This route, however, is not the original route of the early pioneers through this section. Indeed, at the time the old trail was made it would have been impossible to have gone through the swamps just south of Slidell and below Lake Pontchartrain into New Orleans.
Instead, the route of the original trail lay just along the first high ground north of Lake Pontchartrain. It entered St. Tammany, as near as can be ascertained, at Pearl River at a point where Indian Village now stands.
It ran westward from there crossing Bayou Lacombe at a point near where Lacombe is now located, thence to Mandeville, through the Indian village of Chinchuba and across to Madisonville, thence west to Springfield, through the territory where Ponchatoula is now located, and from Springfield, southwesterly to Donaldsonville, where it crossed the Mississippi River.
Meandering along Bayou Lafourche to a point about Thibodeaux, it struck westerly thru the swamps and crossed the Atchafalaya at Morgan City.
In the early days, travelers over land from the east who desired to get to New Orleans took this trail to Mandeville or Madisonville and then went by sail boat across Lake Pontchartrain or continued to the Mississippi River and took passage by flat boat down the Mississippi. The route across Lake Pontchartrain was the most favored.
If the present day tourist desires to go over the original Spanish Trail in this section as nearly as possible, he should enter the present trail over the Pearl River and continue same to Slidell, thence take the present modern highway through Bonfouca, Hygeia, Lacombe, Mandeville, Chinchuba, thence the hard surfaced road directly to Madisonville, and then straight to Pontchatoula, Springfield, and then over the road to Hope Villa, and then along the Jefferson Highway to Darrow and cross the Mississippi River at that point to Donaldsonville.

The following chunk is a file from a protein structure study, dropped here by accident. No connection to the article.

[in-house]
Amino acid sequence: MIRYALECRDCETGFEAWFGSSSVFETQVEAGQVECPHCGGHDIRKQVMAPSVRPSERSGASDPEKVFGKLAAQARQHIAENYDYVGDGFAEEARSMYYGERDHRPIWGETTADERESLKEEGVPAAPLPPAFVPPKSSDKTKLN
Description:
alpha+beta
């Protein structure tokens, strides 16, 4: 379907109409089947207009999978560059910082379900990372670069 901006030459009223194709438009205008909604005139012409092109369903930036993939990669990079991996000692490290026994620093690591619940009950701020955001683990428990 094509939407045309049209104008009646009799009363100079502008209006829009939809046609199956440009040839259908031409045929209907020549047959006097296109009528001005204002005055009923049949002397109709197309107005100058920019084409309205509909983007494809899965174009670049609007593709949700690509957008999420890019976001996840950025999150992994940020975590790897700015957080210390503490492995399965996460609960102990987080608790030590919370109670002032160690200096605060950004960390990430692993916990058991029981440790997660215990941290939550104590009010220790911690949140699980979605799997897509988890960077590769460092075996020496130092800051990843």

In 1933, a new shorter route was created when bridges were built over the East Pearl River, the Middle Pearl and the West Pearl River, and a highway (the future U.S. 90) was completed between Pearlington and the Rigolets. When that was finished, the connecting road between the Town of Pearl River and Santa Rosa was no longer the Gateway to Louisiana and thus some 22 miles were knocked off the journey to New Orleans.
Shortly thereafter, the Old Spanish Trail route was re-aligned over to Hwy. 90 at Pearlington. These re-alignments often happened when a shorter, more convenient section of roadway became available. Below are current day photos of the bridges built over the West Pearl, Middle Pearl and East Pearl Rivers, which gave New Orleans traffic more direct access from Mississippi.
The old Rigolets bridge was replaced in 2008 with a long sweeping high-elevation bridge. CLICK HERE for more information.
Photo: Massman Construction
Below is a picture of the new bridge.
The roadway between Logtown and Gainesville was later absorbed into the Stennis Space Center buffer zone and residents in the area were moved to another location.